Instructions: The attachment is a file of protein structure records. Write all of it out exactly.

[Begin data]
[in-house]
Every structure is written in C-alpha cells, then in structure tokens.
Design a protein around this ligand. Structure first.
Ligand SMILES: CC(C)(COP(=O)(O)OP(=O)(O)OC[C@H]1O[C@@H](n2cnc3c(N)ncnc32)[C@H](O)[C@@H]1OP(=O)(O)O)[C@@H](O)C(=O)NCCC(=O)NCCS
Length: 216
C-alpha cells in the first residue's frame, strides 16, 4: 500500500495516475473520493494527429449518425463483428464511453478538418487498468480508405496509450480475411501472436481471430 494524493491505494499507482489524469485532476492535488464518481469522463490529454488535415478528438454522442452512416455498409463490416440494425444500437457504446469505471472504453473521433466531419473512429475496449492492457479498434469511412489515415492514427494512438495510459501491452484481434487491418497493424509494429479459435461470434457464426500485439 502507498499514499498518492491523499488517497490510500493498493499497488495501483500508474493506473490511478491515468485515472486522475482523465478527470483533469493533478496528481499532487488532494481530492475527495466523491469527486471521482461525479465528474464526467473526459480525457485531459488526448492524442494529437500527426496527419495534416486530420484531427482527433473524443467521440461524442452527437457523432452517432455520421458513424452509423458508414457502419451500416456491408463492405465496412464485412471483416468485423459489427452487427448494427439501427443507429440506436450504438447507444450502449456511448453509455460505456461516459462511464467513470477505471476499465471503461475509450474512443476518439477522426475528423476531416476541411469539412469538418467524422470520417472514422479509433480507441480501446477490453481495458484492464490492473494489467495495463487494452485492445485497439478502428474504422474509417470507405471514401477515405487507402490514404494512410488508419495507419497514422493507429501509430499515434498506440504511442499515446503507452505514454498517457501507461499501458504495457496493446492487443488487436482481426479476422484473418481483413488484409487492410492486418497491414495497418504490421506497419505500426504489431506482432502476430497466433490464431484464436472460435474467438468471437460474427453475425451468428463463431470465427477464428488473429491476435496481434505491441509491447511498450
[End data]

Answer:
[in-house]
Every structure is written in C-alpha cells, then in structure tokens.
Design a protein around this ligand. Structure first.
Ligand SMILES: CC(C)(COP(=O)(O)OP(=O)(O)OC[C@H]1O[C@@H](n2cnc3c(N)ncnc32)[C@H](O)[C@@H]1OP(=O)(O)O)[C@@H](O)C(=O)NCCC(=O)NCCS
Length: 216
C-alpha cells in the first residue's frame, strides 16, 4: 500500500495516475473520493494527429449518425463483428464511453478538418487498468480508405496509450480475411501472436481471430 494524493491505494499507482489524469485532476492535488464518481469522463490529454488535415478528438454522442452512416455498409463490416440494425444500437457504446469505471472504453473521433466531419473512429475496449492492457479498434469511412489515415492514427494512438495510459501491452484481434487491418497493424509494429479459435461470434457464426500485439 502507498499514499498518492491523499488517497490510500493498493499497488495501483500508474493506473490511478491515468485515472486522475482523465478527470483533469493533478496528481499532487488532494481530492475527495466523491469527486471521482461525479465528474464526467473526459480525457485531459488526448492524442494529437500527426496527419495534416486530420484531427482527433473524443467521440461524442452527437457523432452517432455520421458513424452509423458508414457502419451500416456491408463492405465496412464485412471483416468485423459489427452487427448494427439501427443507429440506436450504438447507444450502449456511448453509455460505456461516459462511464467513470477505471476499465471503461475509450474512443476518439477522426475528423476531416476541411469539412469538418467524422470520417472514422479509433480507441480501446477490453481495458484492464490492473494489467495495463487494452485492445485497439478502428474504422474509417470507405471514401477515405487507402490514404494512410488508419495507419497514422493507429501509430499515434498506440504511442499515446503507452505514454498517457501507461499501458504495457496493446492487443488487436482481426479476422484473418481483413488484409487492410492486418497491414495497418504490421506497419505500426504489431506482432502476430497466433490464431484464436472460435474467438468471437460474427453475425451468428463463431470465427477464428488473429491476435496481434505491441509491447511498450